Based on the data obtained from various instrumental analyses, the structure of tetraphenylammonium was confirmed. X-ray crystallography*4) revealed that the bond length between the nitrogen atom and the phenyl group carbon atom in this ion is only 1.529 (Fig. 3). Since this bond length is shorter than that of a tetraphenyl structure containing another element (boron, carbon, aluminum, silicon or phosphorus), it is clear that the nitrogen atom of tetraphenylammonium is in a more spatially constrained environment than other elements. This three-dimensional obstruction is considered to be one of the factors that complicate the construction of this skeleton. Furthermore, our results also revealed that tetraphenylammonium has high stability to withstand strongly acidic and basic conditions.

[Future prospects]

The present study has shown that tetraphenylammonium does indeed exist and can be chemically synthesized. If large-scale synthesis of this ion and its derivatives is realized in the future, it could potentially be applied in various fields of research as an organic cation with high chemical stability. In addition, the radical coupling strategy used in this study may be applicable to the synthesis of other related ammonium compounds that could not be made until now.


*1) Phenyl
A phenyl group is the name of an atomic group/substituent formed from benzene (C6huh6) by removing one hydrogen atom. This represents the simplest and most basic structure of an aromatic carbon group. When a hydrogen atom in an ion or other molecule is replaced with a phenyl group, the prefix “phenyl” is used.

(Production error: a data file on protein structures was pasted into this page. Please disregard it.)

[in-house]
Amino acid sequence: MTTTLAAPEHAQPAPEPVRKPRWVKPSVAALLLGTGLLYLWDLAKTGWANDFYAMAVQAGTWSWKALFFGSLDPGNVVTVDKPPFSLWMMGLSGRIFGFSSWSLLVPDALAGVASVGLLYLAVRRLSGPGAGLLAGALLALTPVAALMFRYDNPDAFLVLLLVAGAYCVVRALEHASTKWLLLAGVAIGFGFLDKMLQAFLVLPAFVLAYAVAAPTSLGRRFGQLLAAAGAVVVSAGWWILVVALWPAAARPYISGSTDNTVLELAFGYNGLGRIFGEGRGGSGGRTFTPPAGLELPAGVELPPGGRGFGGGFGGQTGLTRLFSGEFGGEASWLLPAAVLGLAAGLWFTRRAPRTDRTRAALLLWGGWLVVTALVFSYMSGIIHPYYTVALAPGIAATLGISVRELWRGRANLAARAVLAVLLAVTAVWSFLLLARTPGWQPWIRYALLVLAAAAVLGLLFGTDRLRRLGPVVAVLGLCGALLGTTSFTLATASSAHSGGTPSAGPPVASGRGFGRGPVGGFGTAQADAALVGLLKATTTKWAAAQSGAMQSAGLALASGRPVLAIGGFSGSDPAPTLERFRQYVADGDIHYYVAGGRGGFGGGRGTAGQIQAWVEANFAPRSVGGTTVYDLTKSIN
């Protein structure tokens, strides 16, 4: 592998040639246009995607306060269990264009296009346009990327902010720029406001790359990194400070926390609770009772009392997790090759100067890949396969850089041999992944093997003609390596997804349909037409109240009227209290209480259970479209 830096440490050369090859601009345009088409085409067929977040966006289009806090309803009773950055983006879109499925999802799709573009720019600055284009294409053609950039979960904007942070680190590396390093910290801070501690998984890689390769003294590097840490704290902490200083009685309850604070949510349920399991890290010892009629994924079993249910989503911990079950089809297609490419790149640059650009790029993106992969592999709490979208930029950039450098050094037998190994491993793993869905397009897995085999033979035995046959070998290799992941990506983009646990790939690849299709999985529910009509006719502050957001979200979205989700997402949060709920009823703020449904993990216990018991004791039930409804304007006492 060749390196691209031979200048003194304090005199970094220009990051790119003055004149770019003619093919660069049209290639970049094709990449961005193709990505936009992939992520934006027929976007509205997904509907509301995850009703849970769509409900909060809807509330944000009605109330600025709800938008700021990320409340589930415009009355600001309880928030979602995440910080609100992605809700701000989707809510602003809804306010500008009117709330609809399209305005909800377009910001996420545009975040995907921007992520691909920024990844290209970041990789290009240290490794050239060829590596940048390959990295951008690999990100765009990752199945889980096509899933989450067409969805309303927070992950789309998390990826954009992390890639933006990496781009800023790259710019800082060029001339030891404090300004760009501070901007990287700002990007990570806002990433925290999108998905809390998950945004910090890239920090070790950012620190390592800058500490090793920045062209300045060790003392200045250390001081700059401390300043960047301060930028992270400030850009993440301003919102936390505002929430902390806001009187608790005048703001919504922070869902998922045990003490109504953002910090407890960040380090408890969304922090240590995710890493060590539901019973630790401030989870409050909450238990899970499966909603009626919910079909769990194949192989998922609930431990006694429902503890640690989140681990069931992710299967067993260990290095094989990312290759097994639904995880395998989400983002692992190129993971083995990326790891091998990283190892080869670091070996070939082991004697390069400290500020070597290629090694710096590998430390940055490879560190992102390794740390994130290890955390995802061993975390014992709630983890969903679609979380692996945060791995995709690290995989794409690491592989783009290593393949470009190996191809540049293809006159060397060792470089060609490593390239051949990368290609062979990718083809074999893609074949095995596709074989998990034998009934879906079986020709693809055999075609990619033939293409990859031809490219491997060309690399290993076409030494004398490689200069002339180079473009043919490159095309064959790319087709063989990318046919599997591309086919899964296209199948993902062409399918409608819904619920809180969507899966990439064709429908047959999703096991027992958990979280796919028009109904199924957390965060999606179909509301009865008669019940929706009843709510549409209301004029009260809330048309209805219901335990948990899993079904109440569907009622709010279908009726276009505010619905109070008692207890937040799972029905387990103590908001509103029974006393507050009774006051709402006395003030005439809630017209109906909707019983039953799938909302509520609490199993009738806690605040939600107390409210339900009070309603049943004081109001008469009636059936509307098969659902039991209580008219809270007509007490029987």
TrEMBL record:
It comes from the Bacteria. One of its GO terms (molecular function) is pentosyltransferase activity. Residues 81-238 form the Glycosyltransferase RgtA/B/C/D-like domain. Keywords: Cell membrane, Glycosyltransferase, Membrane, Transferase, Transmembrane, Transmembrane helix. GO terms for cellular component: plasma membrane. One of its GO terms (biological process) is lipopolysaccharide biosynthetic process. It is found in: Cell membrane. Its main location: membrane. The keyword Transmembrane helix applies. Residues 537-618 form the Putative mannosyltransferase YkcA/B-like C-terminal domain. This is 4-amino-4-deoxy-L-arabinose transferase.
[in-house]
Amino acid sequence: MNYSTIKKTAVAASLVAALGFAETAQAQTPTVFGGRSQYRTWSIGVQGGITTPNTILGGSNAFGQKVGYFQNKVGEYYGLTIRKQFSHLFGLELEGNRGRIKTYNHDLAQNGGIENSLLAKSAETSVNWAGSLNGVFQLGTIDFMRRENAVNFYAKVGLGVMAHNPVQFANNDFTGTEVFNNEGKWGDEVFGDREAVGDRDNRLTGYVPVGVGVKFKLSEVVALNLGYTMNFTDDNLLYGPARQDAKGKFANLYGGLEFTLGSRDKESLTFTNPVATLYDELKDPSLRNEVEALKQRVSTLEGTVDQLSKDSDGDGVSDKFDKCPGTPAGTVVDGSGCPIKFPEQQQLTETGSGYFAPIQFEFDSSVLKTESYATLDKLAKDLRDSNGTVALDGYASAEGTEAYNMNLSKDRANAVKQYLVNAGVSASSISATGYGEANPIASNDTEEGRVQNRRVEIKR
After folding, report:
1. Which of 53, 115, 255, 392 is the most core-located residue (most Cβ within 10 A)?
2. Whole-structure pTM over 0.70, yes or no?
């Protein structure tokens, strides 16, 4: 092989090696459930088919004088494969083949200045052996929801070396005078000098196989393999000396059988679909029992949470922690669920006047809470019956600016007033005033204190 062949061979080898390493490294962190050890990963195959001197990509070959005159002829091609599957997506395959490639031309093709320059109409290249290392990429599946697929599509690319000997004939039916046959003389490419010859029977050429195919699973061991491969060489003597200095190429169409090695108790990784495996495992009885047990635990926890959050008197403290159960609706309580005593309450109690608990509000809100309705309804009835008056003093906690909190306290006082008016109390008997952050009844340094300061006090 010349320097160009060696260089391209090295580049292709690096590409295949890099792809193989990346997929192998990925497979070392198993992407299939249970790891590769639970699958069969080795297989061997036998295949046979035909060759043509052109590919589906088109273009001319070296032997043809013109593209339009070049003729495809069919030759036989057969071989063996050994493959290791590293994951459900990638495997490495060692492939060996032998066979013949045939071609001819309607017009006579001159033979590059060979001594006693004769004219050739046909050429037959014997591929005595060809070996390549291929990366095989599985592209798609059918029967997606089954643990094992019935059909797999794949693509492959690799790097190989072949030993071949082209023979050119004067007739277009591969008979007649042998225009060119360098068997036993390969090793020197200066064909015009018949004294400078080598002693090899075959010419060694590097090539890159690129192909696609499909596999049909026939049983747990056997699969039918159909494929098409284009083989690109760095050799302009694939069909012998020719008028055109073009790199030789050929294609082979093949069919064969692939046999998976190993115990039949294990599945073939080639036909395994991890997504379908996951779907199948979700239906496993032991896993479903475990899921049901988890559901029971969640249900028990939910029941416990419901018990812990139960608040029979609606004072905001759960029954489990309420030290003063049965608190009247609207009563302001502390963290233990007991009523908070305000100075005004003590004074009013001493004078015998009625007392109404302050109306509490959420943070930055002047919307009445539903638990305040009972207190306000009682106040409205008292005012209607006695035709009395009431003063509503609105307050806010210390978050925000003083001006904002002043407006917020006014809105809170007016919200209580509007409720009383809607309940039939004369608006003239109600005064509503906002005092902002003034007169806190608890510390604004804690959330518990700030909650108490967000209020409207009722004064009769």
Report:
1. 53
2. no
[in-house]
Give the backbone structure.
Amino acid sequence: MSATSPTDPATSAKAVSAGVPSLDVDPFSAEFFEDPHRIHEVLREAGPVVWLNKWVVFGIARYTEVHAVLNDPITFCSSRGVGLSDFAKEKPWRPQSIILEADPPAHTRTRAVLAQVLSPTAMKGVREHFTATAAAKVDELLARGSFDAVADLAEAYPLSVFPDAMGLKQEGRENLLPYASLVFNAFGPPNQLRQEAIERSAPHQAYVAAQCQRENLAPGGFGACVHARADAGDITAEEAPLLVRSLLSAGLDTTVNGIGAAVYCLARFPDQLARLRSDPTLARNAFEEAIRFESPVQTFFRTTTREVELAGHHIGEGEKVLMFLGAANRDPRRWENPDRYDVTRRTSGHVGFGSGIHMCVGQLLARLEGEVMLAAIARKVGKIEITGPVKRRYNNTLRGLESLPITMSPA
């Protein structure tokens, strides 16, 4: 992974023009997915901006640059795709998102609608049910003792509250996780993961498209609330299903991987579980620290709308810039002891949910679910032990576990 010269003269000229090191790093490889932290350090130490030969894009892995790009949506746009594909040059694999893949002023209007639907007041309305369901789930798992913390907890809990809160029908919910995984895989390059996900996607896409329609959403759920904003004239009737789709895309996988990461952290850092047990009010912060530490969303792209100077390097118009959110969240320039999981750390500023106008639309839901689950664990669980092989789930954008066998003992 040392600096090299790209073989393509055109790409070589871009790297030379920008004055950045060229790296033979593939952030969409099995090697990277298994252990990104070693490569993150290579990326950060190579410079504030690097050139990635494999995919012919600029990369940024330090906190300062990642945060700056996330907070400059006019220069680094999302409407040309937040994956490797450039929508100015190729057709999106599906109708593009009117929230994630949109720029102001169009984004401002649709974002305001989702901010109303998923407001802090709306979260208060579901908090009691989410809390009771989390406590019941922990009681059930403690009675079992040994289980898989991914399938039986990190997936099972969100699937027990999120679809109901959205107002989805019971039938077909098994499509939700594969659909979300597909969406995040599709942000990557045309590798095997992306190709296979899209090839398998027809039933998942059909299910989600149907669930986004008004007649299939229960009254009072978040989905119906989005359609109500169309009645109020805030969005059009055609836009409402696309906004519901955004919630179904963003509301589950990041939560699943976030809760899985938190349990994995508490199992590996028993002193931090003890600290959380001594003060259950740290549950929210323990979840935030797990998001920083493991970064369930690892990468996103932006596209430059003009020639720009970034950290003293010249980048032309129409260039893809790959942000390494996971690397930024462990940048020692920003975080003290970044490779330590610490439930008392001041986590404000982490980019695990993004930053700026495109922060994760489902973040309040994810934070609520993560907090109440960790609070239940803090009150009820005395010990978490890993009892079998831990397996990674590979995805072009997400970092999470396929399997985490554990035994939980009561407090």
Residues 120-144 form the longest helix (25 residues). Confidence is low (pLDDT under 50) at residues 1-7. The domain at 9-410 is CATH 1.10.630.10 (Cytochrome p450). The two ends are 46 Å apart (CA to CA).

*2) Radical clutch
A reaction in which two radicals form a bond. Electrons in a molecule generally form pairs while radicals have highly reactive unpaired electrons. Thus, a radical has a high propensity to undergo a reaction to form a chemical bond with another radical to create a shared electron pair. For the synthesis in this study, radical cations, positively charged radicals, were used in the reaction.

*3) Secure group
Substituents introduced temporarily to suppress unwanted reactions that may occur at other functional groups or positions in the molecule during a given chemical transformation. Protecting groups allow selective chemical conversions. However, the protecting group must be removed in a later step.

*4) X-ray crystallography
An analytical method that uses the diffraction of X-rays to determine the structure of molecules in the crystalline state.